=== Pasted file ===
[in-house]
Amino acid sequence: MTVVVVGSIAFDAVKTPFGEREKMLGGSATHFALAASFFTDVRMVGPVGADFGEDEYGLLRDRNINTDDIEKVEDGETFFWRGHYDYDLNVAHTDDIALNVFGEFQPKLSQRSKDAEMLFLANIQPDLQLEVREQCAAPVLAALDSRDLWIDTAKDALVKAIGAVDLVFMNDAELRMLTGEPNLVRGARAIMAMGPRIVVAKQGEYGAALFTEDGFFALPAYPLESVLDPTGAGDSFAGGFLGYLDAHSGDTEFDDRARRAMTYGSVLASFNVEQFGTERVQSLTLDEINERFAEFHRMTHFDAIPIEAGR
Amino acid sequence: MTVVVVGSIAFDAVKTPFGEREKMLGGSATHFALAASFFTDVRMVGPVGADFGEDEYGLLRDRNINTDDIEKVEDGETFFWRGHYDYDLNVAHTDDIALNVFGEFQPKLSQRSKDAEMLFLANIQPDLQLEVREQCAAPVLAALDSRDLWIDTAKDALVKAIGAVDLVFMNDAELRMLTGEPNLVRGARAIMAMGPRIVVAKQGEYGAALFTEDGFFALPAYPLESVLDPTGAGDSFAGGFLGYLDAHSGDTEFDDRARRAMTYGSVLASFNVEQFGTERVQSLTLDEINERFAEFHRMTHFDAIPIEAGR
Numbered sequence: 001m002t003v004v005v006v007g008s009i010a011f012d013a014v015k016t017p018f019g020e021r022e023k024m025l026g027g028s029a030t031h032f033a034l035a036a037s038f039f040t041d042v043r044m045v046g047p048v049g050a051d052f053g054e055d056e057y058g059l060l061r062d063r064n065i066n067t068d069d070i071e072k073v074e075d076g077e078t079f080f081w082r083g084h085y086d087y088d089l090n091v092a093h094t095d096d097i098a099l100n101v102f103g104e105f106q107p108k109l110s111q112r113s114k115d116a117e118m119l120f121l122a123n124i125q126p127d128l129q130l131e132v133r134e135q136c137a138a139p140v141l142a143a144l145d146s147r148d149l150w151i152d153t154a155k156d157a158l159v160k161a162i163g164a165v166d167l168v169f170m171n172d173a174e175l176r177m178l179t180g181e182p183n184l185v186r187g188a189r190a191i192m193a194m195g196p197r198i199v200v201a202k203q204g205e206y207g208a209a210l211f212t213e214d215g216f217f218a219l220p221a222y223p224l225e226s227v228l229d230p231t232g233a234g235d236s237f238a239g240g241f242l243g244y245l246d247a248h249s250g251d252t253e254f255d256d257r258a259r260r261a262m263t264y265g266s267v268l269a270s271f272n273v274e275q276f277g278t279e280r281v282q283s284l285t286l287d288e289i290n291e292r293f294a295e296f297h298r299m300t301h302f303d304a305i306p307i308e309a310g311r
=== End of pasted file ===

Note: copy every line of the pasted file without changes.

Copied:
[in-house]
Amino acid sequence: MTVVVVGSIAFDAVKTPFGEREKMLGGSATHFALAASFFTDVRMVGPVGADFGEDEYGLLRDRNINTDDIEKVEDGETFFWRGHYDYDLNVAHTDDIALNVFGEFQPKLSQRSKDAEMLFLANIQPDLQLEVREQCAAPVLAALDSRDLWIDTAKDALVKAIGAVDLVFMNDAELRMLTGEPNLVRGARAIMAMGPRIVVAKQGEYGAALFTEDGFFALPAYPLESVLDPTGAGDSFAGGFLGYLDAHSGDTEFDDRARRAMTYGSVLASFNVEQFGTERVQSLTLDEINERFAEFHRMTHFDAIPIEAGR
Amino acid sequence: MTVVVVGSIAFDAVKTPFGEREKMLGGSATHFALAASFFTDVRMVGPVGADFGEDEYGLLRDRNINTDDIEKVEDGETFFWRGHYDYDLNVAHTDDIALNVFGEFQPKLSQRSKDAEMLFLANIQPDLQLEVREQCAAPVLAALDSRDLWIDTAKDALVKAIGAVDLVFMNDAELRMLTGEPNLVRGARAIMAMGPRIVVAKQGEYGAALFTEDGFFALPAYPLESVLDPTGAGDSFAGGFLGYLDAHSGDTEFDDRARRAMTYGSVLASFNVEQFGTERVQSLTLDEINERFAEFHRMTHFDAIPIEAGR
Numbered sequence: 001m002t003v004v005v006v007g008s009i010a011f012d013a014v015k016t017p018f019g020e021r022e023k024m025l026g027g028s029a030t031h032f033a034l035a036a037s038f039f040t041d042v043r044m045v046g047p048v049g050a051d052f053g054e055d056e057y058g059l060l061r062d063r064n065i066n067t068d069d070i071e072k073v074e075d076g077e078t079f080f081w082r083g084h085y086d087y088d089l090n091v092a093h094t095d096d097i098a099l100n101v102f103g104e105f106q107p108k109l110s111q112r113s114k115d116a117e118m119l120f121l122a123n124i125q126p127d128l129q130l131e132v133r134e135q136c137a138a139p140v141l142a143a144l145d146s147r148d149l150w151i152d153t154a155k156d157a158l159v160k161a162i163g164a165v166d167l168v169f170m171n172d173a174e175l176r177m178l179t180g181e182p183n184l185v186r187g188a189r190a191i192m193a194m195g196p197r198i199v200v201a202k203q204g205e206y207g208a209a210l211f212t213e214d215g216f217f218a219l220p221a222y223p224l225e226s227v228l229d230p231t232g233a234g235d236s237f238a239g240g241f242l243g244y245l246d247a248h249s250g251d252t253e254f255d256d257r258a259r260r261a262m263t264y265g266s267v268l269a270s271f272n273v274e275q276f277g278t279e280r281v282q283s284l285t286l287d288e289i290n291e292r293f294a295e296f297h298r299m300t301h302f303d304a305i306p307i308e309a310g311r